In the event of termination, clarify deposit refund terms

Buyers have the right to their deposit money back if a development fails or the purchase contract is terminated. The purchaser will not be able to receive interest on the deposit unless the contract for the sale requires that interest be paid to them. A purchaser should clarify this at the time they sign a contract.

Construction: Substitutions and adjustments

Construction often involves adjustments and substitutions. Developers may be able to make changes to the layout or substitute materials through a pre-sale agreement.

Sell your current home

If there is a delay in development, timing the sale of your current home. Prospective buyers may need to find temporary accommodation, or delay their move from their homes due to delays in development. Potential buyers should think about when to sell their home, and be prepared for delays in development.

The price agreed upon may be binding on the purchaser, regardless of future market values

In the future, real estate prices could fall. The purchaser could be required to purchase the unit at the agreed price if the pre-sale agreement is completed by the developer within the stipulated time.

Restrictions for Contract Assignments

It may be impossible to assign a pre-sale agreement depending on its terms or only with the consent of the developer. A substantial assignment fee may be required to be paid by the developer. A pre-sale contract is subject to the same risks as a new buyer. The terms of the assignment may dictate that if the contract is not completed, the new purchaser might not be eligible to collect any payments to the original purchaser. Additionally, the developer may not be entitled to any assignment fees paid by the initial purchaser.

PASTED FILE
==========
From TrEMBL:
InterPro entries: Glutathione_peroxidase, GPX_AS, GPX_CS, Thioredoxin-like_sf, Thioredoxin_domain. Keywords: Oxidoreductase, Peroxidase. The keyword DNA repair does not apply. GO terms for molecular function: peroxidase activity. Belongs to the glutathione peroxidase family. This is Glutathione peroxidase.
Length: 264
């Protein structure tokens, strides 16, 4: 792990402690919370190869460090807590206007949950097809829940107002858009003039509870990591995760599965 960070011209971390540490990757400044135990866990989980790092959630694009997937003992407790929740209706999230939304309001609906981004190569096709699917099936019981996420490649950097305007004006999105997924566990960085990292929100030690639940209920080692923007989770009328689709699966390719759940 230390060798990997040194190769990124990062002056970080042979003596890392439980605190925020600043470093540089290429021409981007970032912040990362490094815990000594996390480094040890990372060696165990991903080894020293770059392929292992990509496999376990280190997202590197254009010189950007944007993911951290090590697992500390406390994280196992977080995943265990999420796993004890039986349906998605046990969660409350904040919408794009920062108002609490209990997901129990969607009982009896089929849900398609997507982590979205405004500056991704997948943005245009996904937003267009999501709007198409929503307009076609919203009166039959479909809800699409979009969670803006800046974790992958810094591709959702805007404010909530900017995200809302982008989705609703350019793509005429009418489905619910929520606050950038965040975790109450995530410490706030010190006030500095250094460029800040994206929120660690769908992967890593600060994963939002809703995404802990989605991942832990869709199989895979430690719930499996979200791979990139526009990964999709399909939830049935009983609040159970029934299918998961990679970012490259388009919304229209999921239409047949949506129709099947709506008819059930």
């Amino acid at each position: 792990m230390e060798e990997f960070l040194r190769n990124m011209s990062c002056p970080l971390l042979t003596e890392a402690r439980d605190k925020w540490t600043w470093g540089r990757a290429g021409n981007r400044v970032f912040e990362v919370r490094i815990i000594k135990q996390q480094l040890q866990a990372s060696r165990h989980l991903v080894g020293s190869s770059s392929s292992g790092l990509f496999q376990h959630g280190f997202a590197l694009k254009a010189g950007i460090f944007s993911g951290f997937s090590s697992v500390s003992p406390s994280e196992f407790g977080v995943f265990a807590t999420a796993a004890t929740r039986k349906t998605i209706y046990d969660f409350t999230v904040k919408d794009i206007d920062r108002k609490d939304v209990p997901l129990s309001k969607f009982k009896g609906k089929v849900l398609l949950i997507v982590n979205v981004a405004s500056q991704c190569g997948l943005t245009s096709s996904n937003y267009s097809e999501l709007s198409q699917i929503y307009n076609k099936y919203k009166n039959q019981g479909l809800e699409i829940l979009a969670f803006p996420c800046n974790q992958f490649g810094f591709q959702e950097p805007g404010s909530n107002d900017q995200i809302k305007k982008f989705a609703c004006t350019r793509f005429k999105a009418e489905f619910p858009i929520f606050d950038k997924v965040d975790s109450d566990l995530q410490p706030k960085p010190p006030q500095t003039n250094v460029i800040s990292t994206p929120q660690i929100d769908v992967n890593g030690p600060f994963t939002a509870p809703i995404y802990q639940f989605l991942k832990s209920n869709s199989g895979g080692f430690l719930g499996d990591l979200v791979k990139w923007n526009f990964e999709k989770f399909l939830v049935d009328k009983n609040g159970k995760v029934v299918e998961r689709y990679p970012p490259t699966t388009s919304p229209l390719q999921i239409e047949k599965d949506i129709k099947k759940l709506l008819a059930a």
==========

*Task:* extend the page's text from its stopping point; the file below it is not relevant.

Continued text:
Things to consider when assigning pre-sale contracts

Is it allowed to assign under a purchase contract? Assignments are not permitted in all contracts. Some contracts do not allow assignments. Others require developer consent and a large assignment fee.

Are you sure that the assignor meets all requirements for a valid assignment? What happens if the assignment agreement is not met or violated?

Before entering into an assignment agreement, have you sought advice from a lawyer?

Make an informed decision

Prospective purchasers who are considering entering into pre-sale agreements need to be aware of the potential risks. Consumers who experienced some of the problems described in this brochure have complained to the Office of the Superintendent of Real Estate. These issues should be considered before you sign a pre-sale agreement and while your unit is being built.

Independent Advice: The Importance of Independent Advice

Before entering into any pre-sale agreement, buyers should seek advice from a lawyer or licensed real estate agent. This brochure does not cover all the possible risks for anyone considering entering into a contract. Real estate agents and lawyers have a duty of care to their clients. It is important to get independent advice.